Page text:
SLEAZE, sleaze, sleaze. That one word has been dominating the political scene for weeks, with all kinds of questions flying thick and fast about the behind-the-scenes conduct of prime ministers past and present.

But here’s the real question: Does the ordinary person on the street really care about who made the initial payment to redecorate Boris Johnson’s flat? In my view, most people don’t give a stuff. Instead of the Prime Minister spending all his time answering questions about the price of wallpaper, surely we should be concentrating on beating Covid and getting the economy moving.

Equally, are people really bothered about the Prime Minister and James Dyson exchanging text messages about the tax implications of the entrepreneur’s staff making ventilators during the pandemic?

OK, it’s arguably a bit petty for someone of James Dyson’s enormous wealth to have asked the question in the first place but, on balance, Boris handled it in the right way. His priority was to get the ventilators we needed as quickly as possible and, let’s face it, promising to fix any tax issues arising out of work required in a national emergency is hardly the biggest scandal in the world.

Then there’s been the seemingly never-ending fuss over David Cameron lobbying Chancellor, Rishi Sunak, on behalf of finance company, Greensill Capital. The biggest concern we should have there is the fact that we’ve got a former Prime Minister who’s clearly incompetent, because he got himself tangled up with a failing company.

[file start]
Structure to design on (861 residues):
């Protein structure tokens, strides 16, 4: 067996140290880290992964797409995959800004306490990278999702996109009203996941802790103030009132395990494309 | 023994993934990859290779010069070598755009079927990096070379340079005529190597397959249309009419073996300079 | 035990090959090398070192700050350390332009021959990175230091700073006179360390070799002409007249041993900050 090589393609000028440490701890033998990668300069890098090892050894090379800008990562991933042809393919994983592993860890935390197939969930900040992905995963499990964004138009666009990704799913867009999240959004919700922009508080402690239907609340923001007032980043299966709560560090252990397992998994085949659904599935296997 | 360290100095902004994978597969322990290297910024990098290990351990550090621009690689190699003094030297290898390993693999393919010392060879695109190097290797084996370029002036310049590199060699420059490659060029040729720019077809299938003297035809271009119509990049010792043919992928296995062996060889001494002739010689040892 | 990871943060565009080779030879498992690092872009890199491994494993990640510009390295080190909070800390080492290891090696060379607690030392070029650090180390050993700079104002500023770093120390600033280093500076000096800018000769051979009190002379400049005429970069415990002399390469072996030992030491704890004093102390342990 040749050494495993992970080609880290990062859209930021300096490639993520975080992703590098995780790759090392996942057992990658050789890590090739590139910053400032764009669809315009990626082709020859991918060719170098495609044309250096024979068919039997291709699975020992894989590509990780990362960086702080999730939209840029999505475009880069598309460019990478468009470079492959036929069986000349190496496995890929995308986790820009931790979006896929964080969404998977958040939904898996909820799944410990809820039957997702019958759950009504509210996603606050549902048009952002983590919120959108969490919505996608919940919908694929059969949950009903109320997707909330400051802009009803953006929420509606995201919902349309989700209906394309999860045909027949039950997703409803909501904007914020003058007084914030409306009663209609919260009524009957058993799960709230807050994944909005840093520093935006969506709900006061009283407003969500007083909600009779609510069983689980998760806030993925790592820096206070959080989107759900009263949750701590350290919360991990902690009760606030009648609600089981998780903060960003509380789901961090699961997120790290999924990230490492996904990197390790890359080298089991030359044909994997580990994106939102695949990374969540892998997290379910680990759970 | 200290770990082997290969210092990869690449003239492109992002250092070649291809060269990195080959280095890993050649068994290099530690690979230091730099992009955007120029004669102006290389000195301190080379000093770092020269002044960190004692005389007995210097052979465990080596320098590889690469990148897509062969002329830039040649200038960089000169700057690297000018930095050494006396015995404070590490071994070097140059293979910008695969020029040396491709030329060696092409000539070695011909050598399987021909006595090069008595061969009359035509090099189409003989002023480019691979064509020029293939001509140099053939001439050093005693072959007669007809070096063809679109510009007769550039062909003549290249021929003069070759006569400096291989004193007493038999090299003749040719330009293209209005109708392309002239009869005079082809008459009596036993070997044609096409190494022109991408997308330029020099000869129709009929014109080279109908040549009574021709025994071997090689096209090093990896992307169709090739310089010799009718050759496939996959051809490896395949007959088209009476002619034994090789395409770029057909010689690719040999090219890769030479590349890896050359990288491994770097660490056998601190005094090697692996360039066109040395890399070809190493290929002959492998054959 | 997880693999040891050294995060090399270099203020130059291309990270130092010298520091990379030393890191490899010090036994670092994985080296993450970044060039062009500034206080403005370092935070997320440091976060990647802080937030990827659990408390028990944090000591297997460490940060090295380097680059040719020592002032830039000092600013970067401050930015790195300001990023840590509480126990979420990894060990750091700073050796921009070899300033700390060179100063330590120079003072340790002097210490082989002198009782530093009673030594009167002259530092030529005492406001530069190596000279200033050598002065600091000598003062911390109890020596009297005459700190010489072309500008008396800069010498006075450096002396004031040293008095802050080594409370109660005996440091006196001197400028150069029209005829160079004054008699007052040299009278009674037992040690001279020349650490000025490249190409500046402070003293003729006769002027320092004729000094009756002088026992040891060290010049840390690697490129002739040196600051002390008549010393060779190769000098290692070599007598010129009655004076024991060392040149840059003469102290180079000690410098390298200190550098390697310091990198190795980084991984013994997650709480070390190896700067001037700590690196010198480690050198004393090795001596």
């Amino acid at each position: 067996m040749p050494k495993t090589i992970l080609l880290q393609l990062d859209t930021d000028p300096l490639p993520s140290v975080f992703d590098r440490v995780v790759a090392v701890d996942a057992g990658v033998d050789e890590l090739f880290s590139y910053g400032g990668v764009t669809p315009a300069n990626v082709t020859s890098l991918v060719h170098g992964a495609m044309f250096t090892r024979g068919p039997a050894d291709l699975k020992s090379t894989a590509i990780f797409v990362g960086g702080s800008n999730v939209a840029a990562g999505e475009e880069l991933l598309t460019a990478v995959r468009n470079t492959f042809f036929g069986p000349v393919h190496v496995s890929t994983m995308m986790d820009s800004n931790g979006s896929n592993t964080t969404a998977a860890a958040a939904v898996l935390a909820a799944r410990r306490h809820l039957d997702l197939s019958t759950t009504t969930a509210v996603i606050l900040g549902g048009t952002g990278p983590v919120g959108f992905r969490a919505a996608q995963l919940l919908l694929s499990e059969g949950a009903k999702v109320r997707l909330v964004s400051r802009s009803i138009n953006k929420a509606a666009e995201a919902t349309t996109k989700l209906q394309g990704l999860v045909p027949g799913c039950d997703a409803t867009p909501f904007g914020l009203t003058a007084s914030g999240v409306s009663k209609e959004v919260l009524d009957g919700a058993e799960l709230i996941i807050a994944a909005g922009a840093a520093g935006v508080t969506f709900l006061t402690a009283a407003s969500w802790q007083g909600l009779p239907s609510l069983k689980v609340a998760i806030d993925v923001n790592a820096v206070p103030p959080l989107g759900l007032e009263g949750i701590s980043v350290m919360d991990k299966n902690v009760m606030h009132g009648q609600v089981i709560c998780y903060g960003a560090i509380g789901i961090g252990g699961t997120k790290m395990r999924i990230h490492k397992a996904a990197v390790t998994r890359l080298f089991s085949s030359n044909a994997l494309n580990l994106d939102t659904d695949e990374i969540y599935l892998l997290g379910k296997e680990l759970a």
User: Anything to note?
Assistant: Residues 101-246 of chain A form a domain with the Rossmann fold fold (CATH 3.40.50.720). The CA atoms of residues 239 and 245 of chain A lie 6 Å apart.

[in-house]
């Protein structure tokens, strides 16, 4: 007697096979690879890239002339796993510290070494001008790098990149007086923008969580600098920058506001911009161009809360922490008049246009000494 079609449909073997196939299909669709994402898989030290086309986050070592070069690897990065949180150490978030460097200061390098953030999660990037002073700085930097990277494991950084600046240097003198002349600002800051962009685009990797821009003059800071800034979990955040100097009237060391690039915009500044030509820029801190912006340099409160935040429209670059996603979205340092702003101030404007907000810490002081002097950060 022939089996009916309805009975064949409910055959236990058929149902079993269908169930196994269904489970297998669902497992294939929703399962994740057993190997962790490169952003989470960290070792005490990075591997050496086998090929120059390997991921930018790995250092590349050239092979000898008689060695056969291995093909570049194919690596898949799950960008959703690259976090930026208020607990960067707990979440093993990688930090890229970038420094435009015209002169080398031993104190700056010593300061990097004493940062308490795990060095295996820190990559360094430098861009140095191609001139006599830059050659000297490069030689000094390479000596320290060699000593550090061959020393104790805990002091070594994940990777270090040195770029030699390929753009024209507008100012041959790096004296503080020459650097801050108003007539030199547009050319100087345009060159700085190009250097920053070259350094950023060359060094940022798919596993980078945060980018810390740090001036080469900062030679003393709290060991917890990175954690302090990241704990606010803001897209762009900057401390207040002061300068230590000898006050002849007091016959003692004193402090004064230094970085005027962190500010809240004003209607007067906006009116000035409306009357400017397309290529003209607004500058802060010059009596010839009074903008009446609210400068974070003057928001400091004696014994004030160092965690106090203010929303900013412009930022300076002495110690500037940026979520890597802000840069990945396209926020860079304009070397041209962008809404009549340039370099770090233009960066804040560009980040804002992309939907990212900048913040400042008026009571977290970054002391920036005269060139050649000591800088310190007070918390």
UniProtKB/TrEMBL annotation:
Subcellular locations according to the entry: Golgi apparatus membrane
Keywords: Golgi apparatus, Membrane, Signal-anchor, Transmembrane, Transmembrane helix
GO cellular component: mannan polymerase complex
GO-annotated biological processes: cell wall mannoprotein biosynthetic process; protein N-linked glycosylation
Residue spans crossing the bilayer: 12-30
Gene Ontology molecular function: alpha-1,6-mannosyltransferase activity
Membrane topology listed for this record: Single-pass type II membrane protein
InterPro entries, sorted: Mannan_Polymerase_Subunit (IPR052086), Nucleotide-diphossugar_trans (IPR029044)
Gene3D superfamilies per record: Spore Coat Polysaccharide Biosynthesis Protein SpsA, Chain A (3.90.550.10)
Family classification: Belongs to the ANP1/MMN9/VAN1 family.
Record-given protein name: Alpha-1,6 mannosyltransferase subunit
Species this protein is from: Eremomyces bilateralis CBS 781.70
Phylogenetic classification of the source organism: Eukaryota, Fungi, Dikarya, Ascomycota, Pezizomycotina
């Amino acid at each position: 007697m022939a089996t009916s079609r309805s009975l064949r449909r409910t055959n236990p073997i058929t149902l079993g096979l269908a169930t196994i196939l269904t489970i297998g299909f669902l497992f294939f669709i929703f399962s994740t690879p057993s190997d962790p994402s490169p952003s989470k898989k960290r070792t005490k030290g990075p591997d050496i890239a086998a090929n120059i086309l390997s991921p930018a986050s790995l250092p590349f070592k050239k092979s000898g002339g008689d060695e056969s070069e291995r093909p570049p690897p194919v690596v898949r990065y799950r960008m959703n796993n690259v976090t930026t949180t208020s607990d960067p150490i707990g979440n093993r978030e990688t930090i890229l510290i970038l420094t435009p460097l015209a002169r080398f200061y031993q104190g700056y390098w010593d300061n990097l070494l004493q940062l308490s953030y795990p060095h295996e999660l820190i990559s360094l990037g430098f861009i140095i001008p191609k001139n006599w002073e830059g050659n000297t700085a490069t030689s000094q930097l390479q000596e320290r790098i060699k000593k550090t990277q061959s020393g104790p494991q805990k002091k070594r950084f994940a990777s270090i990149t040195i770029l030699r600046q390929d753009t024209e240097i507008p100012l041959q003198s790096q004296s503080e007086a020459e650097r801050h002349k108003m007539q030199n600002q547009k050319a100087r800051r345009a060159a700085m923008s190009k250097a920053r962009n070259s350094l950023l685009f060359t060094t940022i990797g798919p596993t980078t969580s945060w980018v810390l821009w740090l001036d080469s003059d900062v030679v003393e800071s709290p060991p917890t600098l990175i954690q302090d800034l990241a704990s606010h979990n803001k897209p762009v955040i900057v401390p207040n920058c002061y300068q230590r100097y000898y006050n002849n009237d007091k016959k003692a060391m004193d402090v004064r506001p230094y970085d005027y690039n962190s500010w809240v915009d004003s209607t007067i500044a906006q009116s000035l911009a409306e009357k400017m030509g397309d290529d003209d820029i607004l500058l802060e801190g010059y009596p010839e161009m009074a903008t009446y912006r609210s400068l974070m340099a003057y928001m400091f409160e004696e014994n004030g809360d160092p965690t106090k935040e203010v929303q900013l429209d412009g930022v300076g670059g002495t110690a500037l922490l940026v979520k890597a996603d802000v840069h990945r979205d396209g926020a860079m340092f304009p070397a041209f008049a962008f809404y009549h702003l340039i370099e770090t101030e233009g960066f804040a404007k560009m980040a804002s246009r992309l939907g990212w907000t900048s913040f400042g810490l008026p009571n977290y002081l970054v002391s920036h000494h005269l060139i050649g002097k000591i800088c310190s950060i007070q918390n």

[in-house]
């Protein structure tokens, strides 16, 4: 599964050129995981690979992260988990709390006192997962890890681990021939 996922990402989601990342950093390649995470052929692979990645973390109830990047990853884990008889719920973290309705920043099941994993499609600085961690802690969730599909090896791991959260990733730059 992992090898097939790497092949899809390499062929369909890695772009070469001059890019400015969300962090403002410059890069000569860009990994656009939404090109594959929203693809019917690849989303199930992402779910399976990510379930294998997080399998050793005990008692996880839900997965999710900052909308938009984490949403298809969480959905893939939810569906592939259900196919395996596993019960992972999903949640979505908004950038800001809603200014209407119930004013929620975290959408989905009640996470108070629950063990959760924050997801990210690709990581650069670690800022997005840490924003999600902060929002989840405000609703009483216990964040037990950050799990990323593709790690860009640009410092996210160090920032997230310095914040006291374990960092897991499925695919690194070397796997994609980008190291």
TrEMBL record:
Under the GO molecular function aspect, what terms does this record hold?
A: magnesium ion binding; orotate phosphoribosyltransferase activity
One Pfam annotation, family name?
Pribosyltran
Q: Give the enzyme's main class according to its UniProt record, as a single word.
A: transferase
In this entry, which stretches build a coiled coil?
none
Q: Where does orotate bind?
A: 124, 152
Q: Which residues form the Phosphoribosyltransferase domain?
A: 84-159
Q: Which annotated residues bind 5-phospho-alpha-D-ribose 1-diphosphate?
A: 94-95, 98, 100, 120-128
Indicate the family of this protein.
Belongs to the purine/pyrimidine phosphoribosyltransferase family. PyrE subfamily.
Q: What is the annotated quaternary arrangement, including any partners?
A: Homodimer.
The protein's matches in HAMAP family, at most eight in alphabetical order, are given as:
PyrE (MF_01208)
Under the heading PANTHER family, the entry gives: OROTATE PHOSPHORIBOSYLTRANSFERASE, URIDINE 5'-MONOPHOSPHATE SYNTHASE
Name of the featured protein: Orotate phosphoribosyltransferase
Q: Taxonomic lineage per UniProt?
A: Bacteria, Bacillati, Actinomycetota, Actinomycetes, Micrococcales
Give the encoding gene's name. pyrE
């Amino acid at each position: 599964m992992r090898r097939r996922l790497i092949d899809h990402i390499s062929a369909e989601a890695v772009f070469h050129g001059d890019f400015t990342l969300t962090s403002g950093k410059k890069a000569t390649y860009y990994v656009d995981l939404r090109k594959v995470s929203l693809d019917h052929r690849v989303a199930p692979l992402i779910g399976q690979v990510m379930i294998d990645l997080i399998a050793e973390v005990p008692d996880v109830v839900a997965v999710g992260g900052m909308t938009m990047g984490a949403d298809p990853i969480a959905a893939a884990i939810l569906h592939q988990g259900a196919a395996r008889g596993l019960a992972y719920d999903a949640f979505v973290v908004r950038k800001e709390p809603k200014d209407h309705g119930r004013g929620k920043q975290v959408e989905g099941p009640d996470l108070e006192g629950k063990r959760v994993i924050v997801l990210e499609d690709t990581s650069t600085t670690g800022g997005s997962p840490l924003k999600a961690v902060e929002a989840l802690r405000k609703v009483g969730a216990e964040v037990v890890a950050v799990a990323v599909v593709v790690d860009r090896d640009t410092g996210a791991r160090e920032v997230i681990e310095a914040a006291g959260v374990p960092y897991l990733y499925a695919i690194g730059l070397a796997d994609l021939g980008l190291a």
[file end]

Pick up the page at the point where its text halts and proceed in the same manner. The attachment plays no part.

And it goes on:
Anyone in business tries to make contact with customers and persuade them to buy their products or services with all the means at their disposal – but you have to have a successful productor service to offer in the first place. Stopping politicians communicating with a wide range of people will do more harm than good, especially when it all ends up in the pantomime of Prime Minister’s question time.

In any case, Cameron’s lobbying didn’t get him anywhere, so let’s just move on.

A far bigger problem with our politicians is that they aren’t up to the job – and it’s abundantly clear that going to Eton isn’t answer. Great leaders are born with the right traits rather than taught them.  We need to find a better way of selecting the people who run our country, so that the most capable amongst us become our leaders. That starts with a review of an education system that’s obsessed with meaningless league tables and forcing children to chase a high grades in GCSE maths when their talents are more suited elsewhere.

For a real scandal, look no further than all those innocent sub-postmasters found guilty of fraud, all because of a faulty accounting system. More than 700 people were wrongly convicted and, so far, 39 former sub-postmasters have had their convictions quashed in the Court of Appeal in one of the UK’s biggest miscarriages of justice.

OK, we have a Government inquiry into what went wrong at the Post Office, but a more important inquiry is needed into how our criminal justice system failed so badly. It might be full of clever, well-educated, highly paid people, but it repeatedly lets down ordinary people.

As with many other long-established institutions – cosy places of power and influence – the judiciary’s main aim is to preserve the status quo that serves its senior figures so well.

• John Elliott MBE is the founder of dehumidifier and washing machine manufacturer Ebac, of Newton Aycliffe